ELDER ABUSE HAS RISEN DRAMATICALLY NATIONWIDE DUE TO COVID-19
By Akila Gibbs
Elder abuse is any deliberate or negligent act that causes harm or serious risk to a vulnerable older adult.
According to the Journal of the American Geriatrics Society, there has been an enormous increase in reports of elder abuse nationwide during the COVID-19 pandemic. Reports range from financial scams by people older adults don’t know to incidents of violence by family members and others.
The COVID-19 crisis already disproportionately impacts older adults, mostly due to age-related vulnerabilities resulting from pre-existing health conditions. Now the crisis can create an environment in which older adults are especially susceptible to abuse. The abuse can be financial, emotional, sexual and physical, and it can take place in private residences as well as nursing homes.
In other words, the social isolation that by all accounts protects at-risk older adults from exposure to COVID-19 potentially exposes some of them to elder abuse in all its forms.
Common themes nationwide in recent weeks have included family members threatening to put older relatives in nursing homes and walk away if the older adults refuse to sign over checks or turn over valuables; threatening and carrying out physical or sexual violence; and scammers preying on vulnerable, isolated and lonely older adults to get their credit card or bank account information.
Signs of financial abuse may include the sudden appearance of large credit card balances, unusual ATM withdrawals, insufficient-fund charges, concern or confusion about missing funds and valuables, uncharacteristic attempts to wire large sums of money, checks written to someone the family doesn’t know, especially with “loan,” “gift” or other suspicious words in the memo line, forged or suspicious signatures on documents, or new and unusual relationships.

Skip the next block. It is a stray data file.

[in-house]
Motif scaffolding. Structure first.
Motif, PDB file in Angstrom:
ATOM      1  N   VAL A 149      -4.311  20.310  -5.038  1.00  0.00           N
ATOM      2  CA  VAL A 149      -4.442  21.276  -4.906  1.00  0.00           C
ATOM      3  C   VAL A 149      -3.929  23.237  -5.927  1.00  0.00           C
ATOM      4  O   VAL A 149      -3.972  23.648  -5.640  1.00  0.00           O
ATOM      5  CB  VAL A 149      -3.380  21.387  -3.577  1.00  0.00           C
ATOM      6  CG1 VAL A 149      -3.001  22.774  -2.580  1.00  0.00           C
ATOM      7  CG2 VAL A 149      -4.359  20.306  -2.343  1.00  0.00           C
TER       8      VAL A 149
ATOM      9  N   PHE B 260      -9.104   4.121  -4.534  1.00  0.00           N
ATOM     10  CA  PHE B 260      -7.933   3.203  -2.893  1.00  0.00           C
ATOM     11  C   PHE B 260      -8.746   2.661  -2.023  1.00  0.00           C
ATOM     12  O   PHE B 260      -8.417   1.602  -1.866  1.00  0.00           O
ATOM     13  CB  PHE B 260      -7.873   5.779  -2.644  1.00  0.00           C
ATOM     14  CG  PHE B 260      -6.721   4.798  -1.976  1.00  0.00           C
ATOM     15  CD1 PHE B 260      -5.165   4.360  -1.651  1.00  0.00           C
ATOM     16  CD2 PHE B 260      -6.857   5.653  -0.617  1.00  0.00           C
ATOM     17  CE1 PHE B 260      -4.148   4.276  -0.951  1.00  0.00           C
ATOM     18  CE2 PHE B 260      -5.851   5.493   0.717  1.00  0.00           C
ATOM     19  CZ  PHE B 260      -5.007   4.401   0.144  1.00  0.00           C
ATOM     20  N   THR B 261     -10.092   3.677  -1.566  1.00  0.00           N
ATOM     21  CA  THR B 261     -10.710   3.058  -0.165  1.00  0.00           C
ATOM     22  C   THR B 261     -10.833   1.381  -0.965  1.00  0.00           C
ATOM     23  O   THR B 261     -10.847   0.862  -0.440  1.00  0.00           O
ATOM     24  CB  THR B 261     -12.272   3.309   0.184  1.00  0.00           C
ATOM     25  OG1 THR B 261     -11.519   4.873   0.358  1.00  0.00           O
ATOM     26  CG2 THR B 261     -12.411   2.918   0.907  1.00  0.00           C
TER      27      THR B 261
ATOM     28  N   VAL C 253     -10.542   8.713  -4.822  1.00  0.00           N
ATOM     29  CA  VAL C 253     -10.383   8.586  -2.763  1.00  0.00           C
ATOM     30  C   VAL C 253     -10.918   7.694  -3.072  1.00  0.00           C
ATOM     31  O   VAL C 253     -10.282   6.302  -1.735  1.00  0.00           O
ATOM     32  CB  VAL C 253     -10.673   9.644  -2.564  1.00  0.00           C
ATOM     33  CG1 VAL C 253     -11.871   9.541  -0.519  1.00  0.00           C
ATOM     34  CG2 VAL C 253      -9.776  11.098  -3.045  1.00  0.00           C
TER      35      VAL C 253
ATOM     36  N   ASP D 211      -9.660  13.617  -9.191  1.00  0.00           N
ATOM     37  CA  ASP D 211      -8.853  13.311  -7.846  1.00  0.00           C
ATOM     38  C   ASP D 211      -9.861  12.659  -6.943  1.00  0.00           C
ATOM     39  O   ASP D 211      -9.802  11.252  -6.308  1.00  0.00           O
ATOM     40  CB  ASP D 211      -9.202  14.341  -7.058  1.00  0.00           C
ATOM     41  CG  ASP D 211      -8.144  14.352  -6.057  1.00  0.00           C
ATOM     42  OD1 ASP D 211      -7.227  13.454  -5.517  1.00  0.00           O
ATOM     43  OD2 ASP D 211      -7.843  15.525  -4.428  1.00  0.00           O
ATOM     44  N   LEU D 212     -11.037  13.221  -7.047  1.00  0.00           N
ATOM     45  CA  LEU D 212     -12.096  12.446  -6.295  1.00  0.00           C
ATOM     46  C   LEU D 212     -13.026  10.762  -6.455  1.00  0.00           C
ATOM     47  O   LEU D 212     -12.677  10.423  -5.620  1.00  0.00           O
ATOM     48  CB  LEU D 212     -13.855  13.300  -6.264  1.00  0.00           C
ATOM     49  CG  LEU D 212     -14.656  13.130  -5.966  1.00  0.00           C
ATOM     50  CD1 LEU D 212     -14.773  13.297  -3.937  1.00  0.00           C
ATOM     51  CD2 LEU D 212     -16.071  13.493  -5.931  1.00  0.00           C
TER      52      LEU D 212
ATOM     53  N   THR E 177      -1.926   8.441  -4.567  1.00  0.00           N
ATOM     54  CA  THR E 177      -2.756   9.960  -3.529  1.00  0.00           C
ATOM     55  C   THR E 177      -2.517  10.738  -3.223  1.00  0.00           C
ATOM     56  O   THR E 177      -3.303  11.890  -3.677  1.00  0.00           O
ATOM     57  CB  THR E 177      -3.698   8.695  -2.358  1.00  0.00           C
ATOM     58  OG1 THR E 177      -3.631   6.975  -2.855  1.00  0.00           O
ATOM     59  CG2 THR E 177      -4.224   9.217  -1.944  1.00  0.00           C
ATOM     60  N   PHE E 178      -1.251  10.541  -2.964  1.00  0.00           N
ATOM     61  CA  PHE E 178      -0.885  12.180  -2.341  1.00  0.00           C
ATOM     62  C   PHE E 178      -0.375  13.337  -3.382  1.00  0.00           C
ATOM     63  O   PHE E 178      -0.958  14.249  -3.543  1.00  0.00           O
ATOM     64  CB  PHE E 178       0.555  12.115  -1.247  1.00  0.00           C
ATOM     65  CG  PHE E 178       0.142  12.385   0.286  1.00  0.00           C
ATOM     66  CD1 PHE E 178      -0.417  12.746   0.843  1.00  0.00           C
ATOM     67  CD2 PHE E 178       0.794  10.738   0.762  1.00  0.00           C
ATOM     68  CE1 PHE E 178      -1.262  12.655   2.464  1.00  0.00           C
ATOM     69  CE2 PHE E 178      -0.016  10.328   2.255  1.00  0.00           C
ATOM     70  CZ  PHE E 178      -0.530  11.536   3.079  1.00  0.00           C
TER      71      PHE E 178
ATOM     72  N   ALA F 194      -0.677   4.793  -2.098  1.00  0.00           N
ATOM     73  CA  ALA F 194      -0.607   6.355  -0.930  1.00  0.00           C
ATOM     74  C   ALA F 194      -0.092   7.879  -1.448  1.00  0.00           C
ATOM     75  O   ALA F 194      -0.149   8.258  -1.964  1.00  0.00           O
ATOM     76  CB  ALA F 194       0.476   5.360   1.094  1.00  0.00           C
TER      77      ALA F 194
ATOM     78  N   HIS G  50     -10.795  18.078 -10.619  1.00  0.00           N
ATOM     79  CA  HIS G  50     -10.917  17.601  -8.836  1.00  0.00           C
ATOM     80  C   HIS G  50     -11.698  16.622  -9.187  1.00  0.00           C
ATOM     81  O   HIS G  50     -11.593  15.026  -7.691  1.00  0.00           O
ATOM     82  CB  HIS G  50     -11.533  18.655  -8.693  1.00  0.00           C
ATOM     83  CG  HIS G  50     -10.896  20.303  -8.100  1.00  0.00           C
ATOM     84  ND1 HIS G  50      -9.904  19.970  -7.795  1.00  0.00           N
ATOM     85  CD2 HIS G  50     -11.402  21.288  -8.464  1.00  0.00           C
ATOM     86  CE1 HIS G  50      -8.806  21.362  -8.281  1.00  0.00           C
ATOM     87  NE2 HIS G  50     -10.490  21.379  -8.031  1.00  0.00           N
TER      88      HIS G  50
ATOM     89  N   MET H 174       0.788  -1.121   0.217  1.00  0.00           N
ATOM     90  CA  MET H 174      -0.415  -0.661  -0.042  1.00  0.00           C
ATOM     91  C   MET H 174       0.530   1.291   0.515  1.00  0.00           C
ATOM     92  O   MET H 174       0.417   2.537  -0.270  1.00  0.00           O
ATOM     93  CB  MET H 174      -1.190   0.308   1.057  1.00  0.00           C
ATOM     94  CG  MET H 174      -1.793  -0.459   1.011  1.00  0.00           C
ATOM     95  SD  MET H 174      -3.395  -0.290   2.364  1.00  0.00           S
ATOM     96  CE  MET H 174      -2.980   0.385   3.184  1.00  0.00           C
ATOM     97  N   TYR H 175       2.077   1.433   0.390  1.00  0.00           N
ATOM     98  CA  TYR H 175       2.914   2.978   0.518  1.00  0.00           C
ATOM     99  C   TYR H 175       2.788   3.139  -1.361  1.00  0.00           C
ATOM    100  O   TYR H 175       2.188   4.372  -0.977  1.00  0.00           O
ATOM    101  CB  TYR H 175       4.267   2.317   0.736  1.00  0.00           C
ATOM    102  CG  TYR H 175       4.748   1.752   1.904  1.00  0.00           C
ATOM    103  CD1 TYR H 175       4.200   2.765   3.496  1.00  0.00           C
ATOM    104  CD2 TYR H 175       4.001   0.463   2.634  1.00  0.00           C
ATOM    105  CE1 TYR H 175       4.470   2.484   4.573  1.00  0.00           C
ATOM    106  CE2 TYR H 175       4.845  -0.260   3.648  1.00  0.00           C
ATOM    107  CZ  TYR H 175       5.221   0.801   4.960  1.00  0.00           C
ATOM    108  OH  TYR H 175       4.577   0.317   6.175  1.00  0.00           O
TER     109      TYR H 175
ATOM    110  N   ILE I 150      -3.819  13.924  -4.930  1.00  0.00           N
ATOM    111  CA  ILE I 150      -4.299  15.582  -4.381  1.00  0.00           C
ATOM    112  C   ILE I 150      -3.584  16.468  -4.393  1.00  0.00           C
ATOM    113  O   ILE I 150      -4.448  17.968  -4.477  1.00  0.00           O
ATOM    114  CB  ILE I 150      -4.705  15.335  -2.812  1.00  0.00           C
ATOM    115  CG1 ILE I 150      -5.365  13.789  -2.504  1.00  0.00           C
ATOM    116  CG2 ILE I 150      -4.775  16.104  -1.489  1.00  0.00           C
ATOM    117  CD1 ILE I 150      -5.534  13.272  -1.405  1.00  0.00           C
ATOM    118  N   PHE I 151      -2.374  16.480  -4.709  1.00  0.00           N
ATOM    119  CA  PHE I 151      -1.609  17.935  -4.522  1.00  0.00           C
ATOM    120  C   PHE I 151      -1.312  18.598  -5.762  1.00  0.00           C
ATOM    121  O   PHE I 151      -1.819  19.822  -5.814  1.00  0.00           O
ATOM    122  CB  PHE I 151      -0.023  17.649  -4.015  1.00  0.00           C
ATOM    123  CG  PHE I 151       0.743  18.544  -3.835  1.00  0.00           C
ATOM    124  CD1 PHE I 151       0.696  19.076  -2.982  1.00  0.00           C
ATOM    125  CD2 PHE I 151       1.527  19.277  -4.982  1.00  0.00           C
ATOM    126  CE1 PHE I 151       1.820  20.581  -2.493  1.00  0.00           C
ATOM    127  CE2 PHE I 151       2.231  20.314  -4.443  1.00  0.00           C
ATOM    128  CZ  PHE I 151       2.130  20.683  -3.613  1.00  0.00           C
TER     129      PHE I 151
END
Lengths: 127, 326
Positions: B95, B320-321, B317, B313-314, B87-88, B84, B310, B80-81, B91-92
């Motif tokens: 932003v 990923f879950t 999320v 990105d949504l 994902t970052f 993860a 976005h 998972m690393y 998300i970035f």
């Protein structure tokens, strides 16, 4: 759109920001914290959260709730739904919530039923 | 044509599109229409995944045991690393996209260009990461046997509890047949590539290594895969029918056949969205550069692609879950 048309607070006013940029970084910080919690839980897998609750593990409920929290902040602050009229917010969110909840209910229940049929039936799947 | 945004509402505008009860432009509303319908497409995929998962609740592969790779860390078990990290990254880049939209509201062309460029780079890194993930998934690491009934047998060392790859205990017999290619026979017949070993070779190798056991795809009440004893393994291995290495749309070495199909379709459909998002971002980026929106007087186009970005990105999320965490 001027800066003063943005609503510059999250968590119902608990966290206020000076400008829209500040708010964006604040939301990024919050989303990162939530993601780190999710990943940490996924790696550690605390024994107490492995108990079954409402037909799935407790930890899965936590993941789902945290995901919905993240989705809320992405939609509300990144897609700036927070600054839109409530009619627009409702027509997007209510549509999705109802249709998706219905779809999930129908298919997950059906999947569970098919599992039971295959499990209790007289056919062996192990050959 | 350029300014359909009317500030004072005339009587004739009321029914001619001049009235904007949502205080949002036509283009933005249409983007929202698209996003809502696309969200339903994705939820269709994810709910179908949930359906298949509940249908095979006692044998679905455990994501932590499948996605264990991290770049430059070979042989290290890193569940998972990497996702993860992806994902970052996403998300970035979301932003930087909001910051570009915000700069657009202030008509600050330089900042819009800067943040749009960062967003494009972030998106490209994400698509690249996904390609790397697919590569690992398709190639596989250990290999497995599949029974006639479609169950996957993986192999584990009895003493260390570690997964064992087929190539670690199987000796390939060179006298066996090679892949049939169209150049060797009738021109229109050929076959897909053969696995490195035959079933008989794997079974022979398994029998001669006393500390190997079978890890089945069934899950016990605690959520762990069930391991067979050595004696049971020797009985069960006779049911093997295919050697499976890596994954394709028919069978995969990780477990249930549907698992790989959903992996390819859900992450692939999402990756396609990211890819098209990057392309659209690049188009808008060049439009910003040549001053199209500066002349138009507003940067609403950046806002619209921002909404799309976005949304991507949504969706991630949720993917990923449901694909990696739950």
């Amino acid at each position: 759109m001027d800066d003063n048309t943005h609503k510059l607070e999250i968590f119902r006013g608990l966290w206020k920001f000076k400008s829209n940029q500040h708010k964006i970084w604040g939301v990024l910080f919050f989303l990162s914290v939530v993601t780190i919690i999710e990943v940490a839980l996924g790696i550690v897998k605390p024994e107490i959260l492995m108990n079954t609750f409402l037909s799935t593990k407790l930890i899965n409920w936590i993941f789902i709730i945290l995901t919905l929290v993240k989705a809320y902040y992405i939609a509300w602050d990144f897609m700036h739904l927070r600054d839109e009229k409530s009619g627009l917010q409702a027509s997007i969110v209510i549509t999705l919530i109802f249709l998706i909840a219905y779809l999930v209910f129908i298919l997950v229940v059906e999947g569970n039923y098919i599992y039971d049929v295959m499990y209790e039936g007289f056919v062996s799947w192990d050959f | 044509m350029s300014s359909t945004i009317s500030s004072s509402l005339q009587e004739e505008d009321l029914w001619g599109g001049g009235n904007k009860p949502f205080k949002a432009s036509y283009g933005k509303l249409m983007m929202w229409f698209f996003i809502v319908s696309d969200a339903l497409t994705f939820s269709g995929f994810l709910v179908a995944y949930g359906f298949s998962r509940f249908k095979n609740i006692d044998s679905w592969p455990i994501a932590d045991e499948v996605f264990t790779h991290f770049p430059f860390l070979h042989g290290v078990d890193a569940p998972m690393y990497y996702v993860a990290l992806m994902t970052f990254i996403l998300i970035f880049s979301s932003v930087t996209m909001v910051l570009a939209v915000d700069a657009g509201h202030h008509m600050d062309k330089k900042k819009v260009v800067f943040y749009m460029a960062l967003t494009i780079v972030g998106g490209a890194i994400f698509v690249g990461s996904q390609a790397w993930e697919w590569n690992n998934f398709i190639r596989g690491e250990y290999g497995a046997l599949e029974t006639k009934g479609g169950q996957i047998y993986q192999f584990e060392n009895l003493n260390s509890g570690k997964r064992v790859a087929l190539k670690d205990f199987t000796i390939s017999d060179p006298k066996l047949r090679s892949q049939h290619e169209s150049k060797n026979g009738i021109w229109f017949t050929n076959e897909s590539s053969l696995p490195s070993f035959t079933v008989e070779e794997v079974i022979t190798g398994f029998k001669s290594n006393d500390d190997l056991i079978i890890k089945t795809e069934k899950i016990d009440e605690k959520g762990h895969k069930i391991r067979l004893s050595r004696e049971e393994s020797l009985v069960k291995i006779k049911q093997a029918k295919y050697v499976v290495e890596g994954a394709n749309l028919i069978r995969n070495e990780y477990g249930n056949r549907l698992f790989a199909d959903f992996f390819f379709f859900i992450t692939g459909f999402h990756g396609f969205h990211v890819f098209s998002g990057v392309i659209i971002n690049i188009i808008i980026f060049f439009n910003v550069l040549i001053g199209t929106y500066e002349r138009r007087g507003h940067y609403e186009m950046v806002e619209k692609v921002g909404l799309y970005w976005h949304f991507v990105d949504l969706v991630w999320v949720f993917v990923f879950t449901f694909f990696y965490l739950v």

Signs of physical neglect and abuse may include bedsores, poor hygiene, dehydration, unexplained bruises, burns or cuts, sprained ligaments or broken bones, unusual weight loss or unattended medical needs.
Signs of sexual abuse may include bruising or soreness near breasts and genitals, bruising, bleeding or soreness in genital and anal areas, and sexually transmitted diseases.
As vulnerable older adults stay home in isolation to reduce exposure to COVID-19, they are finding that critically important social systems such as senior centers, adult daycare programs, social gatherings with friends, and congregations at churches and temples are not possible during the pandemic. These social systems are critical points of interaction for identifying elder abuse and exploitation.
Given this unfortunate and frightening reality, it is of utmost importance for residents in every neighborhood to reach out and pay special attention to what may be happening to older adults in their vicinity and, if something doesn’t seem right, report it to local law enforcement or Los Angeles County Adult Protective Services. Many older adults are too afraid to report elder abuse themselves.